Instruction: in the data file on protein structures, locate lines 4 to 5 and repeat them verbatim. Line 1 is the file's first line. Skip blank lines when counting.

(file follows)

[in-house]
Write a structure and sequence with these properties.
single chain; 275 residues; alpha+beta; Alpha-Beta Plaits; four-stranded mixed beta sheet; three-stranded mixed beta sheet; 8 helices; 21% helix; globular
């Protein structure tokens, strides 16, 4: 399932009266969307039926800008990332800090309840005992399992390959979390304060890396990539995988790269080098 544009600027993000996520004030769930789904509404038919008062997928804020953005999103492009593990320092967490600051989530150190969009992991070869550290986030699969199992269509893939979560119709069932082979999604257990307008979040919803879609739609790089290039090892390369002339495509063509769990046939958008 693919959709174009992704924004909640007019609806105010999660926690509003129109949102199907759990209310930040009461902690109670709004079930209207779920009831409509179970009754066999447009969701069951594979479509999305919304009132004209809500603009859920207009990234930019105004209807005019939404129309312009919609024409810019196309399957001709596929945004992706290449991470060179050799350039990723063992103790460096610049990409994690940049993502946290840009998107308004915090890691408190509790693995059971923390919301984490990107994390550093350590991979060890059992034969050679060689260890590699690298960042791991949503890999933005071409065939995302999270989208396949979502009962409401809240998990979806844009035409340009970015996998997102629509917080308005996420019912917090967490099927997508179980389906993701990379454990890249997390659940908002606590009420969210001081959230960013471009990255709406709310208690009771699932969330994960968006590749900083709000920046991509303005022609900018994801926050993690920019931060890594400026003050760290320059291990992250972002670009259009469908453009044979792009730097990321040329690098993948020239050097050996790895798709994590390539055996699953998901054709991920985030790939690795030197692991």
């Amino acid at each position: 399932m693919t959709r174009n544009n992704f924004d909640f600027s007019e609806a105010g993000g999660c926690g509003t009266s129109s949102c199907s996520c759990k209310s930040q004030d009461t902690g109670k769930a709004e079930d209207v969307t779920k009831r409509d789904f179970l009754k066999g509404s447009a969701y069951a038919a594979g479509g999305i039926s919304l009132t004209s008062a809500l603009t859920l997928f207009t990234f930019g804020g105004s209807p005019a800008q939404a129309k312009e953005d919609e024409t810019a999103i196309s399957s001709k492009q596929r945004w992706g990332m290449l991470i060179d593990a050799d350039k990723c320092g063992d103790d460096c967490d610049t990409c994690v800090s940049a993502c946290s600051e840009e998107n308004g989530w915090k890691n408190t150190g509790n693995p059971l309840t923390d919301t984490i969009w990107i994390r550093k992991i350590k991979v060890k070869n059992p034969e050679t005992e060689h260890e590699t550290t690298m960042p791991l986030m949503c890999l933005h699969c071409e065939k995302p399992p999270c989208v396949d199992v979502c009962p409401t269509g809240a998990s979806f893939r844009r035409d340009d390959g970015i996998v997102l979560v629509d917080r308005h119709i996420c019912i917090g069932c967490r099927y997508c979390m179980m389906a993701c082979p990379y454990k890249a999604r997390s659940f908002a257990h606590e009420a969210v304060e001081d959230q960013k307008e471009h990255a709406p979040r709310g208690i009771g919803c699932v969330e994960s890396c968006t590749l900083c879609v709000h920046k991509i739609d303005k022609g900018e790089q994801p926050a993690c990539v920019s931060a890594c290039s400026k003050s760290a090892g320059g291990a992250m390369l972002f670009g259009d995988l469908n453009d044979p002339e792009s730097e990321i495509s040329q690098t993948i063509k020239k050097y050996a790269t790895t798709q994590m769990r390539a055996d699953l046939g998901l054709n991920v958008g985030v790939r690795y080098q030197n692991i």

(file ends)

């Protein structure tokens, strides 16, 4: 399932009266969307039926800008990332800090309840005992399992390959979390304060890396990539995988790269080098 544009600027993000996520004030769930789904509404038919008062997928804020953005999103492009593990320092967490600051989530150190969009992991070869550290986030699969199992269509893939979560119709069932082979999604257990307008979040919803879609739609790089290039090892390369002339495509063509769990046939958008 693919959709174009992704924004909640007019609806105010999660926690509003129109949102199907759990209310930040009461902690109670709004079930209207779920009831409509179970009754066999447009969701069951594979479509999305919304009132004209809500603009859920207009990234930019105004209807005019939404129309312009919609024409810019196309399957001709596929945004992706290449991470060179050799350039990723063992103790460096610049990409994690940049993502946290840009998107308004915090890691408190509790693995059971923390919301984490990107994390550093350590991979060890059992034969050679060689260890590699690298960042791991949503890999933005071409065939995302999270989208396949979502009962409401809240998990979806844009035409340009970015996998997102629509917080308005996420019912917090967490099927997508179980389906993701990379454990890249997390659940908002606590009420969210001081959230960013471009990255709406709310208690009771699932969330994960968006590749900083709000920046991509303005022609900018994801926050993690920019931060890594400026003050760290320059291990992250972002670009259009469908453009044979792009730097990321040329690098993948020239050097050996790895798709994590390539055996699953998901054709991920985030790939690795030197692991």
């Amino acid at each position: 399932m693919t959709r174009n544009n992704f924004d909640f600027s007019e609806a105010g993000g999660c926690g509003t009266s129109s949102c199907s996520c759990k209310s930040q004030d009461t902690g109670k769930a709004e079930d209207v969307t779920k009831r409509d789904f179970l009754k066999g509404s447009a969701y069951a038919a594979g479509g999305i039926s919304l009132t004209s008062a809500l603009t859920l997928f207009t990234f930019g804020g105004s209807p005019a800008q939404a129309k312009e953005d919609e024409t810019a999103i196309s399957s001709k492009q596929r945004w992706g990332m290449l991470i060179d593990a050799d350039k990723c320092g063992d103790d460096c967490d610049t990409c994690v800090s940049a993502c946290s600051e840009e998107n308004g989530w915090k890691n408190t150190g509790n693995p059971l309840t923390d919301t984490i969009w990107i994390r550093k992991i350590k991979v060890k070869n059992p034969e050679t005992e060689h260890e590699t550290t690298m960042p791991l986030m949503c890999l933005h699969c071409e065939k995302p399992p999270c989208v396949d199992v979502c009962p409401t269509g809240a998990s979806f893939r844009r035409d340009d390959g970015i996998v997102l979560v629509d917080r308005h119709i996420c019912i917090g069932c967490r099927y997508c979390m179980m389906a993701c082979p990379y454990k890249a999604r997390s659940f908002a257990h606590e009420a969210v304060e001081d959230q960013k307008e471009h990255a709406p979040r709310g208690i009771g919803c699932v969330e994960s890396c968006t590749l900083c879609v709000h920046k991509i739609d303005k022609g900018e790089q994801p926050a993690c990539v920019s931060a890594c290039s400026k003050s760290a090892g320059g291990a992250m390369l972002f670009g259009d995988l469908n453009d044979p002339e792009s730097e990321i495509s040329q690098t993948i063509k020239k050097y050996a790269t790895t798709q994590m769990r390539a055996d699953l046939g998901l054709n991920v958008g985030v790939r690795y080098q030197n692991i």